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The end of privacy: the state and surveillance - a debate between Jeffrey Rosen and Didier Bigo par ENS Lyon La Clé des Langues, Jeffrey Rosen, Didier Bigo, publié le 22/09/2011
Le degré de surveillance auquel les Etats occidentaux astreignent leurs citoyens a considérablement augmenté au cours des dernières années, que ce soit dans les espaces publics ou sur internet. La menace du terrorisme a généré d'innombrables mesures, mais dans l'après-11 septembre, quelle part de notre liberté sommes-nous prêts à sacrifier au nom de la sécurité ? Le spécialiste français du droit international Didier Bigo en débat avec l'expert américain, Jeffrey Rosen.
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The end of privacy: the state and surveillance par ENS Lyon La Clé des Langues, publié le 16/09/2011
La Clé des langues vous propose de lire et d'écouter les points de vue engagés de Didier Bigo, Jeffrey Rosen et Mireille Delmas-Marty sur l'enregistrement et la diffusion d'informations personnelles par diverses administrations et entreprises. Le degré de surveillance auquel les Etats occidentaux astreignent leurs citoyens a considérablement augmenté au cours des dernières années, que ce soit dans les espaces publics ou sur internet. La menace du terrorisme a généré d'innombrables mesures, mais dans l'après-11 septembre, quelle part de notre liberté sommes-nous prêts à sacrifier au nom de la sécurité ?
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The 9/11 memorial - Interview and footage of the WTC site par Clifford Chanin, Clifford Armion, publié le 30/10/2012
The original World Trade Centre site was 16 acres which if my calculations are correct is about 10 hectares in French geographical terms. So it was a very large space in the centre of the downtown Wall Street business district in New York. Those two buildings were each 110 stories tall. Each floor was an acre square. So you had 10 million square feet of floor space in those buildings. It really was an attempt to build the largest buildings in the world and bring companies from around the world to do business in those buildings. Once the attacks came and the buildings collapsed, it emerged very quickly in the planning process that the actual footprints of the buildings, those places were the they stood, were considered sacred ground.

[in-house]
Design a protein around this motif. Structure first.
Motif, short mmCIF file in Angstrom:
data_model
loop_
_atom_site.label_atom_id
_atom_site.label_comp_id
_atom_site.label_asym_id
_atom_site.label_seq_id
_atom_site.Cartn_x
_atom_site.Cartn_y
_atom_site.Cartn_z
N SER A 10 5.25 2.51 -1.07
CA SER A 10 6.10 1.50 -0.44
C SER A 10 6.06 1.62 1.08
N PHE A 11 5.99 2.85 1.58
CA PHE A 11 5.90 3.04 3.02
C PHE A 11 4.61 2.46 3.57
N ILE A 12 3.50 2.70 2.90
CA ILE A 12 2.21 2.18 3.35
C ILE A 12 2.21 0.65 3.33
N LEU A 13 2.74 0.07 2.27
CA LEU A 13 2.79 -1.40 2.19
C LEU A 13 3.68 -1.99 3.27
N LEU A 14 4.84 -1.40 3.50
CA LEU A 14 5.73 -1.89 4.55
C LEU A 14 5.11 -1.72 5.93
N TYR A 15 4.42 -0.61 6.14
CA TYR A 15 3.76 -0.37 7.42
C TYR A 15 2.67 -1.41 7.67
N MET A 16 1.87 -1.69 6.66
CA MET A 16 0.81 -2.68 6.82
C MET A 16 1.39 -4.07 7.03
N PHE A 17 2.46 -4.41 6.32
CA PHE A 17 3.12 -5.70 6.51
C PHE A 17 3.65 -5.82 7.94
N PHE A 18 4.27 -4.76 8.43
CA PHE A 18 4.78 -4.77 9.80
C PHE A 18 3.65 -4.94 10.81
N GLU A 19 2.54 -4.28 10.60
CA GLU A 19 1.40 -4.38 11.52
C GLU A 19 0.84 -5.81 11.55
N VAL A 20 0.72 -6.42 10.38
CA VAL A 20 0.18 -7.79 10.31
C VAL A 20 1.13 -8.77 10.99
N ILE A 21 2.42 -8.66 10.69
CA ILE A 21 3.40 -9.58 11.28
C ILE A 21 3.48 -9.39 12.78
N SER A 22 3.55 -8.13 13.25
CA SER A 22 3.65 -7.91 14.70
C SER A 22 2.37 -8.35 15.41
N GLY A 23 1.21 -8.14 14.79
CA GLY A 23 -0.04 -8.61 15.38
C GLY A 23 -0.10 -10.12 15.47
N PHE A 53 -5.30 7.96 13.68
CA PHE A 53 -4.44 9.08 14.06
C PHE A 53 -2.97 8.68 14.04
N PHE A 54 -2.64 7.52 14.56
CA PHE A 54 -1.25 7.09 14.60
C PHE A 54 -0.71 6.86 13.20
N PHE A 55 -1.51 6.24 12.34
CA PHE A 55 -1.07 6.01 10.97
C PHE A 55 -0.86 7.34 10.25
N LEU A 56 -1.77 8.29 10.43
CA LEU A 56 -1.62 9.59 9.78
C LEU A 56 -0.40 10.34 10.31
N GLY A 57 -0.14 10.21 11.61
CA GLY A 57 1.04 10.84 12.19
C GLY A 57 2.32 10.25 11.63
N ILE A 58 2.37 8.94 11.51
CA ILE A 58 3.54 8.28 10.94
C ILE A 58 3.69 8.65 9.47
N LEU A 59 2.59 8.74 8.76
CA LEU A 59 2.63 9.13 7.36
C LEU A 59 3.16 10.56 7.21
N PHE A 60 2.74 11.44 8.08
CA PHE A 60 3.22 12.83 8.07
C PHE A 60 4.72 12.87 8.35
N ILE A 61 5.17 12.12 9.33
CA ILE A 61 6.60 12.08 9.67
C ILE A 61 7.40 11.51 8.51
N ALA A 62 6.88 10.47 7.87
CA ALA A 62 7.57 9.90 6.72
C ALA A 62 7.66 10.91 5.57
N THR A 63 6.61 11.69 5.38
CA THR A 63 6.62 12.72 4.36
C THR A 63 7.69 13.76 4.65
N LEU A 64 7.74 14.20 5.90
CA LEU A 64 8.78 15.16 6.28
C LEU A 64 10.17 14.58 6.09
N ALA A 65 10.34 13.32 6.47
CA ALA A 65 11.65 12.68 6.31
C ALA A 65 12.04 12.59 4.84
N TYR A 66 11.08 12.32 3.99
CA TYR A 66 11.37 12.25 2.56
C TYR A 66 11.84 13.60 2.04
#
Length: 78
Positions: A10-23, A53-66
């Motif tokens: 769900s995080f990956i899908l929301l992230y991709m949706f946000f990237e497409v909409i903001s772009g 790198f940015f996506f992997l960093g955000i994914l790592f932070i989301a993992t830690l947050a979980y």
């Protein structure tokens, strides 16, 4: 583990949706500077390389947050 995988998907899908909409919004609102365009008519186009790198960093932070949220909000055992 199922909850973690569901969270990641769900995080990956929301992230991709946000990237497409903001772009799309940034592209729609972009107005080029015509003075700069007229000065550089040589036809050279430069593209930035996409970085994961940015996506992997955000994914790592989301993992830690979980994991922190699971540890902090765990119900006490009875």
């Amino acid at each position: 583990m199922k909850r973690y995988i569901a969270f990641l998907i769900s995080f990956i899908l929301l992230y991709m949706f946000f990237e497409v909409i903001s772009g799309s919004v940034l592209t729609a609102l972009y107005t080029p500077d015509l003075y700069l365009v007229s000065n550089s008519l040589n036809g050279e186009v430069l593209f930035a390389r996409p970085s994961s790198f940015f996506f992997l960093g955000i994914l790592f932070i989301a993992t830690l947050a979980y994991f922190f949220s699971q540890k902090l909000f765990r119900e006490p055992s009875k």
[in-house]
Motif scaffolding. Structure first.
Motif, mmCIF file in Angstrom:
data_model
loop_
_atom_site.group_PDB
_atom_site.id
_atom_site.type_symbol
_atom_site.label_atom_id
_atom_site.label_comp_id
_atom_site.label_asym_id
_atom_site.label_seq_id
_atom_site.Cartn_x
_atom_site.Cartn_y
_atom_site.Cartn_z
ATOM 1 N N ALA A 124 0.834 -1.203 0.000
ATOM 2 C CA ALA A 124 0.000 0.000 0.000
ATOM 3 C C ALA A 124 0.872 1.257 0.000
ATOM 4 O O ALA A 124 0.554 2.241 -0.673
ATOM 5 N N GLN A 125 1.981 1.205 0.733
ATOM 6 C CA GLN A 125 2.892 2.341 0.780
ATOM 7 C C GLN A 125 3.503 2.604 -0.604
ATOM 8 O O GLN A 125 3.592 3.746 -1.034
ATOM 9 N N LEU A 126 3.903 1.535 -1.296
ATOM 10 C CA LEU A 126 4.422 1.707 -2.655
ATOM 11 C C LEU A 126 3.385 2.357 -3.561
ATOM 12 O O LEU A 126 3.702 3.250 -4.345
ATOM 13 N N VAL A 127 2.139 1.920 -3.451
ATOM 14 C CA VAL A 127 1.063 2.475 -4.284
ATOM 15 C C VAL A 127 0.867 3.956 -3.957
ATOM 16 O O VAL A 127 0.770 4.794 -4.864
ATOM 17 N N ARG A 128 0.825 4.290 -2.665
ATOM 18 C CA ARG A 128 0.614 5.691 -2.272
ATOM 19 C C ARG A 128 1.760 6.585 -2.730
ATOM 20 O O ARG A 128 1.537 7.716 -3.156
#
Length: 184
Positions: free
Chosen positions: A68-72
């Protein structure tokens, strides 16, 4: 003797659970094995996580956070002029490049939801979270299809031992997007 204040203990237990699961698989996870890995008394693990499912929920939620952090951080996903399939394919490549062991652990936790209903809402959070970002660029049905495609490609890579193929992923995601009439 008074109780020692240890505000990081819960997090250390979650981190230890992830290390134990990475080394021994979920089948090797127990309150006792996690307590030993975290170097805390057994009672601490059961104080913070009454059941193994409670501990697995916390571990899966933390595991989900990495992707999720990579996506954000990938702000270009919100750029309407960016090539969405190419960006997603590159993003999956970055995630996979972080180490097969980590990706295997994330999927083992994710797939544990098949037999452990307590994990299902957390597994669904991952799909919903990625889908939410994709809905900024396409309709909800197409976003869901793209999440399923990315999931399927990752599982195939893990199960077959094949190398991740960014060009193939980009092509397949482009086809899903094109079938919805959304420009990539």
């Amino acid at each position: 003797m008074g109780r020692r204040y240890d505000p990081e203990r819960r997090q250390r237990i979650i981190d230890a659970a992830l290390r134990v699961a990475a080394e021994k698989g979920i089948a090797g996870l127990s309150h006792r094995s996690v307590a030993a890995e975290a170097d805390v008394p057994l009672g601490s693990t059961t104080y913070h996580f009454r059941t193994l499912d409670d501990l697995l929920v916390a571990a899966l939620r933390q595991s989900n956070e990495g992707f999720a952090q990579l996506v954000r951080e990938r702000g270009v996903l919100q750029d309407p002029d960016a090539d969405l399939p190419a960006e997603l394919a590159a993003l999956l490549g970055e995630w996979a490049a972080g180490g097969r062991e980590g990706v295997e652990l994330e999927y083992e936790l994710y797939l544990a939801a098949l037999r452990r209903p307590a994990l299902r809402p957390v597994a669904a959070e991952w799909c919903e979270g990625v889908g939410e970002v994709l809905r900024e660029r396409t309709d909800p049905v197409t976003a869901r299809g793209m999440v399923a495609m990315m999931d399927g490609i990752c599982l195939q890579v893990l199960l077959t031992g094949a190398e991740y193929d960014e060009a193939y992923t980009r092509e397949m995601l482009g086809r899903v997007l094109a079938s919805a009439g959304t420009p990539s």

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The Politics of Fear par Corey Robin, publié le 19/12/2014
In my 2004 book Fear: The History of a Political Idea, I argued that “one day, the war on terrorism will come to an end. All wars do. And when it does, we will find ourselves still living in fear: not of terrorism or radical Islam, but of the domestic rulers that fear has left behind.” When I wrote “one day,” I was thinking decades, not years. I figured that the war on terror—less the invasions, wars, torture, drone attacks, and assassinations than the broader atmosphere of pervasive and militarized dread, what Hobbes called “a tract of time, wherein the will to contend by battle is sufficiently known” and an enemy is perceived as permanent and irrepressible—would continue at least into the 2010s, if not the '20s. Yet even before Osama bin Laden was killed and negotiations with the Taliban had begun, it was clear that the war on terror, understood in those terms, had come to an end.
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